By Chuck Strouse
By Scott Fishman
By Terrence McCoy
By Ryan Yousefi
By Ciara LaVelle, Kat Bein, Carolina Del Busto, and Liz Tracy
By Pepe Billete
By Ryan Yousefi
By Kyle Swenson
Funny thing is, you can't eat the alligators caught in the southern Glades. They're contaminated by poisonous mercury. So when I order a deliciously greasy basket full of fried alligator nuggets and frog legs before going to hunt, Kennon tells me they're shipped in from a farm in Sebring, Florida. Then he grabs a huge gator head that's mounted on the wall and clutches it.
"This one was 74 years old when I killed him. He was 15 feet long and weighed 1,400 pounds." He places the epic head on a table in front of us. "Someone had shot this particular gator from long range and broke his nostril, so he couldn't submerge and feed under water or he'd drown. Therefore, he had to feed along the shoreline, so he became a nuisance. Otherwise, something this big, I wouldn't kill. I'd be more interested in seeing how big and old he'd get. But, because of humans, he became a dangerous animal." He pauses for a moment and stares down at his trophy. "He could've probably taken down a cow."
Staring into this dead gator's huge, black, marble eyes, I freeze like Kennon's old boss in the presence of a pissed-off bear. We're about to mount an airboat to catch, with our bare hands, a descendant of the dinosaurs. Kennon holds up what he considers to be the most important tool in catching the king of the reptiles — a roll of electrical tape.
Has he been sampling magic mushrooms?
"You'd be surprised. Sometimes a gator may not be as dead as you think it is. Although you just shot it in the head, you may just have paralyzed it; the bullet can go off to the side just a little bit. So, always tape his mouth."
Yeah, OK. Sure.
"A friend of mine, a trapper agent for many years for the state, got a call off Alligator Alley that a gator had been run over. When he found it, the head was pretty much smashed, so he threw it in the truck and drove home. When he opened the camper shell, the damn gator jumped at him, almost getting him in the head. Today he has about six holes right up his arm."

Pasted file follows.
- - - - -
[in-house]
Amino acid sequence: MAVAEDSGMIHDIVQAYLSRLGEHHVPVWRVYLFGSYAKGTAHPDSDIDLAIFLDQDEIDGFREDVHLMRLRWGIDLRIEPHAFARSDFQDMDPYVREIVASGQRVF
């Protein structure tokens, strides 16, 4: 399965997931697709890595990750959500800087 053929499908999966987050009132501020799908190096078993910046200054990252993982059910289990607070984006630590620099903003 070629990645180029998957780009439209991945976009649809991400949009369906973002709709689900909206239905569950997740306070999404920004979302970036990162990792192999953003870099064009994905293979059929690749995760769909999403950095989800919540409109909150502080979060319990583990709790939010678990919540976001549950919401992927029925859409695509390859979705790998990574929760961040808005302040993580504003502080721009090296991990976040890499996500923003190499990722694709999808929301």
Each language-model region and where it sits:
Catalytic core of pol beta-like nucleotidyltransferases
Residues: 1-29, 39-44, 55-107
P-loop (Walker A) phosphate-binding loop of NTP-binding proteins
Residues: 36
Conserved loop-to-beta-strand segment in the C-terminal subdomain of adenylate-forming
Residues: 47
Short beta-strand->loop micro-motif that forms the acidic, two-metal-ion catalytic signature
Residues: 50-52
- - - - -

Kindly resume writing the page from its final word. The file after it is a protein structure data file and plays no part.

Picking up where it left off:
A few minutes later, Kennan, his son Doyle, and I are zipping through sawgrass on an airboat in the dark. Then we stop. Kennon, who's wearing a hat mounted with a high-beam flashlight, points to something in the water. "See those red glowing eyes?" he asks.
I can't see a thing. He rushes to the edge of his boat and scoops up a baby gator — no more then eight inches long. He places the tiny creature in my hand, showing me how to wrap my thumb around its neck so it doesn't nip.
"Mama's probably nearby."
And she is. He hands me the hat with the light and we ride the boat alongside her. Kennon catches her with his wire noose. Then we trap her body under the boat, and he restrains her massive jaw with another noose, this one made of rope.
"She's starting to spin," Kennon says, voice rising slightly. He yells to Doyle, a middle-aged man with a bushy white beard and thick black eyebrows, who comes to help. As the two men try to halt the reptilian whirlpool, Kennon barks to me:
"Keep the light in her eyes!"
A thousand mosquitoes buzz by, perch on my nose, and bite my cheeks. The men slip the noose around the gator's jaw and pull it closed. Then they lift her from the water and place her on the boat. Doyle mounts her as Kennon wraps her mouth with electrical tape.
As the gator jerks about, Kennon looks up at me and questions, "How's that for a rush?"